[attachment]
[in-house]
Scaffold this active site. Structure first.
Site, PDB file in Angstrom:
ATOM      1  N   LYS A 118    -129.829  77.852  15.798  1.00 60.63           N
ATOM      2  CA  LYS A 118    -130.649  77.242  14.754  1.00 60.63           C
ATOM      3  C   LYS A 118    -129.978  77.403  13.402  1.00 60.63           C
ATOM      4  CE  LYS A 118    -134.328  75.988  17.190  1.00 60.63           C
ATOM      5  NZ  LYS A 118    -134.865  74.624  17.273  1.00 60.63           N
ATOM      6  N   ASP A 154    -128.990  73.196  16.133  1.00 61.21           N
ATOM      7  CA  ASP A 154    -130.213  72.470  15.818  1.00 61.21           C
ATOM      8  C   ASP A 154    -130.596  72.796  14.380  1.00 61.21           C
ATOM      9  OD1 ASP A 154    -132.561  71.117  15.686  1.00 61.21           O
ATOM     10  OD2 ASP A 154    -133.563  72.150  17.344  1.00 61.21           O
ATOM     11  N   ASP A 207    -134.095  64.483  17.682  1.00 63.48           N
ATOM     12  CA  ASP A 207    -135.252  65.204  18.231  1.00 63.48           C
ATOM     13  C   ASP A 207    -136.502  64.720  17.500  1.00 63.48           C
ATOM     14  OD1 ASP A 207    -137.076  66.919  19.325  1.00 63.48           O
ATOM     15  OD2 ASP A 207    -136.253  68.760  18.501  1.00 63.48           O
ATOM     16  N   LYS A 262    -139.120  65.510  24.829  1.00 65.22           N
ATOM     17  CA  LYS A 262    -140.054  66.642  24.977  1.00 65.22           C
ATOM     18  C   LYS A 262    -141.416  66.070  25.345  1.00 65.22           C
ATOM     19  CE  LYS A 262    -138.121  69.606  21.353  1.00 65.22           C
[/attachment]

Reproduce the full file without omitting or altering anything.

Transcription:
[in-house]
Scaffold this active site. Structure first.
Site, PDB file in Angstrom:
ATOM      1  N   LYS A 118    -129.829  77.852  15.798  1.00 60.63           N
ATOM      2  CA  LYS A 118    -130.649  77.242  14.754  1.00 60.63           C
ATOM      3  C   LYS A 118    -129.978  77.403  13.402  1.00 60.63           C
ATOM      4  CE  LYS A 118    -134.328  75.988  17.190  1.00 60.63           C
ATOM      5  NZ  LYS A 118    -134.865  74.624  17.273  1.00 60.63           N
ATOM      6  N   ASP A 154    -128.990  73.196  16.133  1.00 61.21           N
ATOM      7  CA  ASP A 154    -130.213  72.470  15.818  1.00 61.21           C
ATOM      8  C   ASP A 154    -130.596  72.796  14.380  1.00 61.21           C
ATOM      9  OD1 ASP A 154    -132.561  71.117  15.686  1.00 61.21           O
ATOM     10  OD2 ASP A 154    -133.563  72.150  17.344  1.00 61.21           O
ATOM     11  N   ASP A 207    -134.095  64.483  17.682  1.00 63.48           N
ATOM     12  CA  ASP A 207    -135.252  65.204  18.231  1.00 63.48           C
ATOM     13  C   ASP A 207    -136.502  64.720  17.500  1.00 63.48           C
ATOM     14  OD1 ASP A 207    -137.076  66.919  19.325  1.00 63.48           O
ATOM     15  OD2 ASP A 207    -136.253  68.760  18.501  1.00 63.48           O
ATOM     16  N   LYS A 262    -139.120  65.510  24.829  1.00 65.22           N
ATOM     17  CA  LYS A 262    -140.054  66.642  24.977  1.00 65.22           C
ATOM     18  C   LYS A 262    -141.416  66.070  25.345  1.00 65.22           C
ATOM     19  CE  LYS A 262    -138.121  69.606  21.353  1.00 65.22           C